7 Ways to Secretly Train for Climbing—Anywhere

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To Dr. James Lee, a Chicago-based physical therapist who specializes in treating his fellow climbers, carrying groceries isn’t a chore. With plastic bags hanging from crooked fingers, he knows he’s doing more than just getting those bags from his car to his house; he’s also getting stronger for climbing.

Leta Dickinson, a USA Climbing certified coach who trains competitive teams at the Evanston Athletic Center, and Jasper Acosta, a coach of Brooklyn Boulders Chicago’s competitive teams, also employ similar “inconspicuous training” techniques. “It’s kind of a joke among climbers that we do, like, ‘one-finger training’ when we carry our grocery bags,” says Dickinson. But the joke has a lot of truth, according to Lee: “You’re just purely focusing on specific finger strength,” he explains. “It’s a great way to inconspicuously start training those fingers.”

Here are a handful of other inconspicuous-training exercises to help you cross-train, prevent injury, and even warm up en route to the cliff.

Technique No. 1: Train on a train

Train during your commute by using bus/train handles as mini-hangboards.

Train during your commute by using bus/train handles as mini-hangboards.

How to do it

The handles in public transit can be great makeshift fingerboards. Lee says not to hang your full body weight on the handles—instead, play with how much weight you’re supporting by leaning toward or away from the handle, using the tips or first pads of your fingers. Open-hand crimp for 10 seconds at a time, using all four fingers together or in combinations of one, two, or three.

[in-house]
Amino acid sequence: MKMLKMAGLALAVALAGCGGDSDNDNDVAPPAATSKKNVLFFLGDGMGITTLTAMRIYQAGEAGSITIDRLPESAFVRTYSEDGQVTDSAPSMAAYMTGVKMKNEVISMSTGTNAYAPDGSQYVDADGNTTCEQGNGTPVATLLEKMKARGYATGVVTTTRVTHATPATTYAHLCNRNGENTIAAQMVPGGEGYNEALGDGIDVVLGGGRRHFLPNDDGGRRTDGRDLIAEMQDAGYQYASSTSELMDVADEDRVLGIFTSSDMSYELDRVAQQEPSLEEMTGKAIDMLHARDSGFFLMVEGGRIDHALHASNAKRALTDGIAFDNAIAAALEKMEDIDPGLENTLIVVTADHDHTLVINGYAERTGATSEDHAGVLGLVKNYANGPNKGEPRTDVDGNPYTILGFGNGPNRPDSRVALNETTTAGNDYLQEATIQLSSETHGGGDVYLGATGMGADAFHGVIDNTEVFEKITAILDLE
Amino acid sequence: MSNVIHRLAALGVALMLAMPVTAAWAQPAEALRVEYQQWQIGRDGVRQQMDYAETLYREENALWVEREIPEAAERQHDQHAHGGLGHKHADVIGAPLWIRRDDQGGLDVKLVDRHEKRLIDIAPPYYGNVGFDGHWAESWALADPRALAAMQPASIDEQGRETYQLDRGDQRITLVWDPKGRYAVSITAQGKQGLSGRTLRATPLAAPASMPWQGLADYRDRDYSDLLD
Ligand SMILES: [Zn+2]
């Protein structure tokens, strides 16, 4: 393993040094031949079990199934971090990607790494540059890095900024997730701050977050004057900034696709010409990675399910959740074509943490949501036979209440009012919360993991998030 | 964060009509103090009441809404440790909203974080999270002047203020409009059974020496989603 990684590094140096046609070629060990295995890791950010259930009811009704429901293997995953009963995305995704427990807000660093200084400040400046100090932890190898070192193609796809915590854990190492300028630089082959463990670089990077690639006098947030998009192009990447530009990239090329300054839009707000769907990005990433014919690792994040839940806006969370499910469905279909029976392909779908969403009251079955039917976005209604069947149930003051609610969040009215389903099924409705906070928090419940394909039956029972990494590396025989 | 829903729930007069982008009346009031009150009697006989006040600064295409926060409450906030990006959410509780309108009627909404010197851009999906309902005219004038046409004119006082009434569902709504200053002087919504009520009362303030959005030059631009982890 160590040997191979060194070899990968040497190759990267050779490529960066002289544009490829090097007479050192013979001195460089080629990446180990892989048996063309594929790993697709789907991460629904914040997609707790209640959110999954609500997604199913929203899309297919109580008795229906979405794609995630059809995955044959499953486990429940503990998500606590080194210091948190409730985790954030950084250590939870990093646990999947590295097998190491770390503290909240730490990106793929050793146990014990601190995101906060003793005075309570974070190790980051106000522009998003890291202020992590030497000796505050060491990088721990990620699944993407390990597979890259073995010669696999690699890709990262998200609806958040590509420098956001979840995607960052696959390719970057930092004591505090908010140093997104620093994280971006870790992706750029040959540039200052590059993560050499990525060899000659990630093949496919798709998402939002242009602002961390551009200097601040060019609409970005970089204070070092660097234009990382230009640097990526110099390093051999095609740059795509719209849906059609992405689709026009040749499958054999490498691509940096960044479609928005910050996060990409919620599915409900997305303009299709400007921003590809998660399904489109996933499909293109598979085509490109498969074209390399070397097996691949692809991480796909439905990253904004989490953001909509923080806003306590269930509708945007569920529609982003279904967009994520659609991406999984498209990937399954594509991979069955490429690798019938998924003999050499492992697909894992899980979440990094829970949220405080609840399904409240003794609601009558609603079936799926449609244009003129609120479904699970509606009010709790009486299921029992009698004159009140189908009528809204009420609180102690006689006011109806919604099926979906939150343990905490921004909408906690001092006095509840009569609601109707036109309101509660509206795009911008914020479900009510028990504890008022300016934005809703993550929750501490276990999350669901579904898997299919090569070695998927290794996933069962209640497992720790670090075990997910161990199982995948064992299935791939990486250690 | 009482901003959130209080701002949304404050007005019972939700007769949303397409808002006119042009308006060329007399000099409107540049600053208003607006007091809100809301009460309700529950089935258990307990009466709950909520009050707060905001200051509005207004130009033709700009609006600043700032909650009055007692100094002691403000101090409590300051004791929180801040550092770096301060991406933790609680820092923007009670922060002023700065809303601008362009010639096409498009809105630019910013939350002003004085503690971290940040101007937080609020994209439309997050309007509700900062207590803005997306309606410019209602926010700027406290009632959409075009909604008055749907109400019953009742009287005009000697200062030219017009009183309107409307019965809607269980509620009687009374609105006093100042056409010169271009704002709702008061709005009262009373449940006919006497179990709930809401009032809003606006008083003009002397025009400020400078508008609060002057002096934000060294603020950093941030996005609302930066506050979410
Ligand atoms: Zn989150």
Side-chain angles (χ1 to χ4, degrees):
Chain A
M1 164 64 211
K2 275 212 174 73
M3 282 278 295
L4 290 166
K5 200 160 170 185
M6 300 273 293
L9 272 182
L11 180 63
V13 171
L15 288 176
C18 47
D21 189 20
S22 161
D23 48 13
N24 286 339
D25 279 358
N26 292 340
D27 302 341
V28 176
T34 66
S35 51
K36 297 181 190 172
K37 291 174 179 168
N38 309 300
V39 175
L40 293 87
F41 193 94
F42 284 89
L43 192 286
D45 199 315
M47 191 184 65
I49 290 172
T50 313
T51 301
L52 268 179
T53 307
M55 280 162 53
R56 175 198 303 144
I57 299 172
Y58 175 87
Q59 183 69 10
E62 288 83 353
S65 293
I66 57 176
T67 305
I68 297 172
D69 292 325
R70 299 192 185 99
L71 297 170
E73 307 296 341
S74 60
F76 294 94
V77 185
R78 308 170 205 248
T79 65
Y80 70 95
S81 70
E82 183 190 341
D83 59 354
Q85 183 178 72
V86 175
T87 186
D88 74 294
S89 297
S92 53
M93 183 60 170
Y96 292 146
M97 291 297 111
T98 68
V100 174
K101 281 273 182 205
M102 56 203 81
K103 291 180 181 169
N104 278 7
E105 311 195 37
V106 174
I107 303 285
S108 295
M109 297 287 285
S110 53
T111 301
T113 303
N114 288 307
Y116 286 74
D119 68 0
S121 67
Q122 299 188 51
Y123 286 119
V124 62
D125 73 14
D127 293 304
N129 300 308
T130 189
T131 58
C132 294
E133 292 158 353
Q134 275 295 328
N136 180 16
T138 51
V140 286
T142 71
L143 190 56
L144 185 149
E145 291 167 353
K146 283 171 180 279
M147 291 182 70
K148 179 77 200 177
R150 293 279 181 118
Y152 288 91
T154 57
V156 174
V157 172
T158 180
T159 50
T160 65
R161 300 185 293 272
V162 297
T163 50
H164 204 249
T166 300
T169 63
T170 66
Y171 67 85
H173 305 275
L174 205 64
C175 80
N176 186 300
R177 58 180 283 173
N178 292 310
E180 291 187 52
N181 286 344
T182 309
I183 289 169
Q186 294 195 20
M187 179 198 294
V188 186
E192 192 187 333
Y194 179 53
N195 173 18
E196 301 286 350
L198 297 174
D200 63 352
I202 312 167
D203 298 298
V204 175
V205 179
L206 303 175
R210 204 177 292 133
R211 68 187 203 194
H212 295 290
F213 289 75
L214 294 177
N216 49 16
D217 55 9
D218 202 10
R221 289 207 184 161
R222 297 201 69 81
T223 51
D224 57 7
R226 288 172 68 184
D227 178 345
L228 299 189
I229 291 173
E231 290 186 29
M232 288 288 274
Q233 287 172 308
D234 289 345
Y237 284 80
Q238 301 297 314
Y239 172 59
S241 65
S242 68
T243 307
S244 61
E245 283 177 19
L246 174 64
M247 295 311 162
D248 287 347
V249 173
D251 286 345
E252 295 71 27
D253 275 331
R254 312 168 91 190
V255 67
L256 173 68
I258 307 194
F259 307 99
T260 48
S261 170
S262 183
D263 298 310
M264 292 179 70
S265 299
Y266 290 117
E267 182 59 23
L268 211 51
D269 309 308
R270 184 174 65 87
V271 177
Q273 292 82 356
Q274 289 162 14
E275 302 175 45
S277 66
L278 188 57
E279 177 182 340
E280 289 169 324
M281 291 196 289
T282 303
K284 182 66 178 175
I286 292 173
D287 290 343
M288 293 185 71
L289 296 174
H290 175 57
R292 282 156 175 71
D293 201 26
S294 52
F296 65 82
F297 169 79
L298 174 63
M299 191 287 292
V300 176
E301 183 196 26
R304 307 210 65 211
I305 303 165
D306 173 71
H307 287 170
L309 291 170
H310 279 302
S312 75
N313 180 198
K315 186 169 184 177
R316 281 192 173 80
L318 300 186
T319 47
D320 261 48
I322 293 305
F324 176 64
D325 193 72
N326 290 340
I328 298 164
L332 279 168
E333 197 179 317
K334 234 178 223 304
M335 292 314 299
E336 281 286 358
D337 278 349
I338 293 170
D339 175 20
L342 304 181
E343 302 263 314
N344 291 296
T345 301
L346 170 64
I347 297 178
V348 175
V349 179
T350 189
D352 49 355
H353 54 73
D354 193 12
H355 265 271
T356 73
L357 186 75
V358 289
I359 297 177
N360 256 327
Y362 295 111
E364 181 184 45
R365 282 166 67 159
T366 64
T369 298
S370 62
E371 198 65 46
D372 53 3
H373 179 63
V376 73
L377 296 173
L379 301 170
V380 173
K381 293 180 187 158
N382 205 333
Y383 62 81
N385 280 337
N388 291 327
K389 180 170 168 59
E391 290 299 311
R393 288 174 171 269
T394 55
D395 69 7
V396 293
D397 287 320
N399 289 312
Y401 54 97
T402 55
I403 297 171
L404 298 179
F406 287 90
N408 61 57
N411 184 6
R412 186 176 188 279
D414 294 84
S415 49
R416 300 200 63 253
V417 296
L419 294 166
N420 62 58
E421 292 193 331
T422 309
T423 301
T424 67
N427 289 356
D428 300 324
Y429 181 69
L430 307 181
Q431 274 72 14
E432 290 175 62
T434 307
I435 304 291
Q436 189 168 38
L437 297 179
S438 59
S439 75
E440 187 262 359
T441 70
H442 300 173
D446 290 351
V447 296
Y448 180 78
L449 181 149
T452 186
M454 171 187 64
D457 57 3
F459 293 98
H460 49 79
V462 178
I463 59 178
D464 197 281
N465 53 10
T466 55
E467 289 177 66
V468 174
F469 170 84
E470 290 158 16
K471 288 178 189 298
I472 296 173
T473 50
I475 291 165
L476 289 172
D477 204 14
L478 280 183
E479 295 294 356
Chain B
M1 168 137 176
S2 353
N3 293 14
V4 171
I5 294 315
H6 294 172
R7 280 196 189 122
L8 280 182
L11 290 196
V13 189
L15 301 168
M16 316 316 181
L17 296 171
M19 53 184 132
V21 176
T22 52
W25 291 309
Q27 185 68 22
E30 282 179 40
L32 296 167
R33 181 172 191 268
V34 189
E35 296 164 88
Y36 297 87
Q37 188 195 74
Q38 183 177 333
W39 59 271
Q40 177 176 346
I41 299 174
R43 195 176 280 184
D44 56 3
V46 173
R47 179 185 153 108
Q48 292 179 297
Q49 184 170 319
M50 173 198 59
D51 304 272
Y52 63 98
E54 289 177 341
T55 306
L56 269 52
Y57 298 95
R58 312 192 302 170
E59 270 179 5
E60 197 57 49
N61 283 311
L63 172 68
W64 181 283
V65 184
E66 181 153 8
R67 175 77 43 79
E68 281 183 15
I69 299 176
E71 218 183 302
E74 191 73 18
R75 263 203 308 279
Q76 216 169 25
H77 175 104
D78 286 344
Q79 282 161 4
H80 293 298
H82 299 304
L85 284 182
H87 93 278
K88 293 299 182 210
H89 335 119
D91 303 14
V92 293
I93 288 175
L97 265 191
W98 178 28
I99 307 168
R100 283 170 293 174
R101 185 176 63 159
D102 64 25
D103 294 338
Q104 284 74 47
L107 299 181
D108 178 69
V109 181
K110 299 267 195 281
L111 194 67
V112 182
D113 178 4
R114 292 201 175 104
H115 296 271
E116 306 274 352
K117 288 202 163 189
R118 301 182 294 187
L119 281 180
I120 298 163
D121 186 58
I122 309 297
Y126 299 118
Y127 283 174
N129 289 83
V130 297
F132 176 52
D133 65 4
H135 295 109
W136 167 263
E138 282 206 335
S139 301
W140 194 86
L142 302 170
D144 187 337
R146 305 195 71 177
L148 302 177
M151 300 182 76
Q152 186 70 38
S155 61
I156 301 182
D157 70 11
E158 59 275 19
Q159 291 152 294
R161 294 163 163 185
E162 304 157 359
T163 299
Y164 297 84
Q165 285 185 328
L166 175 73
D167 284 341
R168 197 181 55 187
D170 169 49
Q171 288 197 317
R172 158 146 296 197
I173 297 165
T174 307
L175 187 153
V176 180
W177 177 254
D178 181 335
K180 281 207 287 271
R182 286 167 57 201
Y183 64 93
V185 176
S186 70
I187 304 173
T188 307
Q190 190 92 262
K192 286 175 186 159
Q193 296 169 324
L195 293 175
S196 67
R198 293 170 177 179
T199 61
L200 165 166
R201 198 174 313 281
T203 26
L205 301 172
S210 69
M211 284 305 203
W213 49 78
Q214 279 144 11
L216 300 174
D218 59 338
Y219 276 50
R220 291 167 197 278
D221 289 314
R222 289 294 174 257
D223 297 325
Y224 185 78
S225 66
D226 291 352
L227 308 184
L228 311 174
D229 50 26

How it helps

This exercise strengthens your fingers, plus engages your lats and biceps. “The more cycles you go through, the more of a burn you’ll feel in your forearms,” says Lee—helping you build strength and endurance for longer routes.

Technique No. 2: Desk squats

How to do it

Ditch the chair and squat at your desk. This might not work in an open office, but it’s plenty doable in a private room or cubicle. Remain in a low-squat position for several seconds at a time, says Lee: “Lean forward and hinge at your hips. Work 10–20 reps and squat like you are about to sit down on your chair, keeping your butt an inch from your seat, and then stand back up.”

Prep for high-steps by doing desk squats while you work.

Prep for high-steps by doing desk squats while you work.

How it helps

Squatting strengthens your hips, which serves two purposes, according to Lee: injury prevention and highstepping. “It will help with the hips, glute muscles, and even your back,” says Lee. “A lot of times when I see people with low-back pain, their hips are very weak, and so finding a way to engage the muscles around your spine as well as engaging your hips throughout the day is awesome.”

Lee adds that strengthening your hips can also improve your highstepping. “A lot of times, people have a hard time highstepping or they say their hips are really tight,” he says—however, this is often due to having weak hip flexors, an imbalance squats will address.

Technique No. 3: Finger curls

How to do it

Dickinson never leaves home without her latex resistance band—she whips it out during class, wraps the band around her thumb and index finger, opens and closes them, then repeats the drill with her middle and ring fingers. “Climbers typically develop muscle imbalances in their ring and middle fingers, so these are especially important to resistance-band train,” says Dickinson. A rubber band works too, though it offers less resistance.